Facebook has activated its safety check feature after a suicide attack killed 32 people in the north-eastern Nigerian city of Yola.
The social networking site had been criticised for activating the feature for the attack in Paris on Friday but not for the attack in Beirut the day before.
Before the Paris attack, the feature was only used in natural disasters. The safety check allows people to inform their contacts they are safe
The system was first used earlier this year during the Nepal earthquake.
Facebook boss Mark Zuckerberg announced the Yola Safety Check in a Facebook post:
“We’ve activated Safety Check again after the bombing in Nigeria this evening. After the Paris attacks last week, we made the decision to use Safety Check for more tragic events like this going forward. We’re now working quickly to develop criteria for the new policy and determine when and how this service can be most useful.
Unfortunately, these kinds of events are all too common, so I won’t post about all of them. A loss of human life anywhere is a tragedy, and we’re committed to doing our part to help people in more of these situations.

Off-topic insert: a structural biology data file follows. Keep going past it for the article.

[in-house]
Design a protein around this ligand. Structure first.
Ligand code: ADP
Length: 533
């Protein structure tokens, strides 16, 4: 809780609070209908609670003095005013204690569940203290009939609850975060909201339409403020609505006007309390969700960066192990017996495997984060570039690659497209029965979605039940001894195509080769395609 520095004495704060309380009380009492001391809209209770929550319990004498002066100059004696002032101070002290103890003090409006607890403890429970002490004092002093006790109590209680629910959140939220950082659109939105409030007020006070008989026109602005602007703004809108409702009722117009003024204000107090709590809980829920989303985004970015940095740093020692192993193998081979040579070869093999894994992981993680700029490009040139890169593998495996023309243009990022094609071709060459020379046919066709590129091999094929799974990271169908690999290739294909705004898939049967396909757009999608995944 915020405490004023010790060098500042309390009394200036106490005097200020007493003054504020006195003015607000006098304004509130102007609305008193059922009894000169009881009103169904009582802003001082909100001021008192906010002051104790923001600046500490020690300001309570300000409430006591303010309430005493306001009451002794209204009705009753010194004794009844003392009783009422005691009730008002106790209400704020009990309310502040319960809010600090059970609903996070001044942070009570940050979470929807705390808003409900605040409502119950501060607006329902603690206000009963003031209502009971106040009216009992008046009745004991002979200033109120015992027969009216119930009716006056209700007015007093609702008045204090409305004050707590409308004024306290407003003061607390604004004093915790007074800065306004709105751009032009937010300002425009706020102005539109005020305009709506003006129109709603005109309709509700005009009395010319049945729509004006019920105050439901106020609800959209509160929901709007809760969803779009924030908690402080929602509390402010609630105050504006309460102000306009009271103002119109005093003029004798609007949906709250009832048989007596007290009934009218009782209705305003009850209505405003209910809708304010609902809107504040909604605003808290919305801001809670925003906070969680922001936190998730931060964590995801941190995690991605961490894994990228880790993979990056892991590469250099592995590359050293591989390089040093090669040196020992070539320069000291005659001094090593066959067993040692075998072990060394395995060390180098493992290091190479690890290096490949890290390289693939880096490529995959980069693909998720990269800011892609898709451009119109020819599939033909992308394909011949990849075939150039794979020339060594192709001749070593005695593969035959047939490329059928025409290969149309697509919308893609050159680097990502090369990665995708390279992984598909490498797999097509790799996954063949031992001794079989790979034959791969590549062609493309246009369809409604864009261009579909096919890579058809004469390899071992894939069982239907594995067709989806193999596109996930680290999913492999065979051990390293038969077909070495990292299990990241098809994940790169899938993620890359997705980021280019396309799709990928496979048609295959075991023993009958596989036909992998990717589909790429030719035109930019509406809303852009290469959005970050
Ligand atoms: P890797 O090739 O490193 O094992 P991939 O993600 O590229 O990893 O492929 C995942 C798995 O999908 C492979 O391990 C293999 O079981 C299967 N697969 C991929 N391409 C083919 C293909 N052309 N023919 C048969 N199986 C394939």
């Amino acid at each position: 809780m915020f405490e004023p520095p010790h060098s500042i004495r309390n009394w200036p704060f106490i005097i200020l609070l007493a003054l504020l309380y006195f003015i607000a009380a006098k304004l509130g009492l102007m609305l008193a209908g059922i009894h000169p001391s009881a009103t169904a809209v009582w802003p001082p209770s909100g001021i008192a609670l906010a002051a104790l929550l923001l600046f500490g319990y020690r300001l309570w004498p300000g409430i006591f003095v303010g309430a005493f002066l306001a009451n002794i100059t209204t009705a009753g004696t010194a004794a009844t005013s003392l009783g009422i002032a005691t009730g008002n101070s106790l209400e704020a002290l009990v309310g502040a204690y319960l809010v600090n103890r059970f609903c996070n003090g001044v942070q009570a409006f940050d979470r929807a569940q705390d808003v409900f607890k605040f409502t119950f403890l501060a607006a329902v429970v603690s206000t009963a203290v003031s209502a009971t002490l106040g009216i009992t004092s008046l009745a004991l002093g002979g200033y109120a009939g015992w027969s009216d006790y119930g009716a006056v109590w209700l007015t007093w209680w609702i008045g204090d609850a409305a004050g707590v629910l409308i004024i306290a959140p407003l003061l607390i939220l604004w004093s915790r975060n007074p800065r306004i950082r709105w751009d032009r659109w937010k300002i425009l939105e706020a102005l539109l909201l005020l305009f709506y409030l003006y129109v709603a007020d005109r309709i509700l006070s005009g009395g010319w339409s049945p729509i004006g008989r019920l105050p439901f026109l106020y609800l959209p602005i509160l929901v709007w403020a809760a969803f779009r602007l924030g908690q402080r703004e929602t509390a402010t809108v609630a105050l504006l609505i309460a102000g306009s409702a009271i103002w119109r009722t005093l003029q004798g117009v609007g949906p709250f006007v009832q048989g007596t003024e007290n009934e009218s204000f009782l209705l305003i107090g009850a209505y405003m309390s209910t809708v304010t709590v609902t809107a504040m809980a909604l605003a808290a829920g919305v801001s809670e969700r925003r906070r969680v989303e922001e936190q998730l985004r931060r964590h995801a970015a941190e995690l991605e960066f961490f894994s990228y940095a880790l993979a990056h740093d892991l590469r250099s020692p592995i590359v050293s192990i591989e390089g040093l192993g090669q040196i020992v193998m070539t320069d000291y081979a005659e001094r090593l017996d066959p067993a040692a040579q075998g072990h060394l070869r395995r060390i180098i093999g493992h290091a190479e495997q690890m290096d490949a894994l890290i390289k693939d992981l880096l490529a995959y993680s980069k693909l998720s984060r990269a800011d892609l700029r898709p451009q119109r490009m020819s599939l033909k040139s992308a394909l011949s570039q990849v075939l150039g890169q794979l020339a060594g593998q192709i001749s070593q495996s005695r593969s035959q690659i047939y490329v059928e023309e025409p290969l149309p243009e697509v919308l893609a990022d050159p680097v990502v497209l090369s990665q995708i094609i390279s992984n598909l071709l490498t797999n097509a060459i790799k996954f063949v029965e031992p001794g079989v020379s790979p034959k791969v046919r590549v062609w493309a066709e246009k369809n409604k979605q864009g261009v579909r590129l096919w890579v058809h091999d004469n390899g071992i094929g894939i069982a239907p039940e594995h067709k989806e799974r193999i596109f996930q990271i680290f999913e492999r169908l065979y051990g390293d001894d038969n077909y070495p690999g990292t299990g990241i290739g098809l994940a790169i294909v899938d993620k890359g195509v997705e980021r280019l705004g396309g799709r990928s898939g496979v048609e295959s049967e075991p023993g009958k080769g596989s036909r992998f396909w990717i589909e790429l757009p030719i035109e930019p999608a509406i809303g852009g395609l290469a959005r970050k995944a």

In times like this, it’s important to remind ourselves that despite the alarming frequency of these terrible events, violence is actually at an all-time low in history and continues to decline.
Deaths from war are lower than ever, murder rates are generally dropping around the world, and — although it’s hard to believe — even terrorist attacks are declining.
Please don’t let a small minority of extremists make you pessimistic about our future.
Every member of our community spreads empathy and understanding on a daily basis. We are all connecting the world together. And if we all do our part, then one day there may no longer be attacks like this.”